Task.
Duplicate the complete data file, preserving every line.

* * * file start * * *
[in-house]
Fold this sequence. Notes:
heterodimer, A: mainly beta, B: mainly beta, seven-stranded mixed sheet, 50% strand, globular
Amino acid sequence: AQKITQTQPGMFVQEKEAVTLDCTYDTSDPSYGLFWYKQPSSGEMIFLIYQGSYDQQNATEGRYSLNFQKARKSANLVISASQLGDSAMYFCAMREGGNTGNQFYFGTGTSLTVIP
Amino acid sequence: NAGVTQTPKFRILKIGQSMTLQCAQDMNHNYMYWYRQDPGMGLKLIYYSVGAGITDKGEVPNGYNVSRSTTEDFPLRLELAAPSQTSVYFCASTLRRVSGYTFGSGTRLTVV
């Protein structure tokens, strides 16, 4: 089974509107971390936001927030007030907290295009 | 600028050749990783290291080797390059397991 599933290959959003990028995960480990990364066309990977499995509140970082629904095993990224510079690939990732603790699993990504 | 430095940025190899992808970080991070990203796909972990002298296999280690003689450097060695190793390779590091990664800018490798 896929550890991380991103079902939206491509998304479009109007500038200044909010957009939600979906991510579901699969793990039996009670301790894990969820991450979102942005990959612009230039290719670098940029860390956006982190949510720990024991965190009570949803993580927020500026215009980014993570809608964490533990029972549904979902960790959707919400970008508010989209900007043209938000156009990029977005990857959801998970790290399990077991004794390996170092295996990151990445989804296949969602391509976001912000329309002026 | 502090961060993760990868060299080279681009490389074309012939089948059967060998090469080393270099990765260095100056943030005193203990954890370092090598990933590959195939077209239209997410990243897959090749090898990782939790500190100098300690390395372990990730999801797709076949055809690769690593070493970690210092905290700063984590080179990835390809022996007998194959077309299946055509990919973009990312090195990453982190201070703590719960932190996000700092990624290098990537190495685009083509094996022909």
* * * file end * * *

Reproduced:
[in-house]
Fold this sequence. Notes:
heterodimer, A: mainly beta, B: mainly beta, seven-stranded mixed sheet, 50% strand, globular
Amino acid sequence: AQKITQTQPGMFVQEKEAVTLDCTYDTSDPSYGLFWYKQPSSGEMIFLIYQGSYDQQNATEGRYSLNFQKARKSANLVISASQLGDSAMYFCAMREGGNTGNQFYFGTGTSLTVIP
Amino acid sequence: NAGVTQTPKFRILKIGQSMTLQCAQDMNHNYMYWYRQDPGMGLKLIYYSVGAGITDKGEVPNGYNVSRSTTEDFPLRLELAAPSQTSVYFCASTLRRVSGYTFGSGTRLTVV
């Protein structure tokens, strides 16, 4: 089974509107971390936001927030007030907290295009 | 600028050749990783290291080797390059397991 599933290959959003990028995960480990990364066309990977499995509140970082629904095993990224510079690939990732603790699993990504 | 430095940025190899992808970080991070990203796909972990002298296999280690003689450097060695190793390779590091990664800018490798 896929550890991380991103079902939206491509998304479009109007500038200044909010957009939600979906991510579901699969793990039996009670301790894990969820991450979102942005990959612009230039290719670098940029860390956006982190949510720990024991965190009570949803993580927020500026215009980014993570809608964490533990029972549904979902960790959707919400970008508010989209900007043209938000156009990029977005990857959801998970790290399990077991004794390996170092295996990151990445989804296949969602391509976001912000329309002026 | 502090961060993760990868060299080279681009490389074309012939089948059967060998090469080393270099990765260095100056943030005193203990954890370092090598990933590959195939077209239209997410990243897959090749090898990782939790500190100098300690390395372990990730999801797709076949055809690769690593070493970690210092905290700063984590080179990835390809022996007998194959077309299946055509990919973009990312090195990453982190201070703590719960932190996000700092990624290098990537190495685009083509094996022909």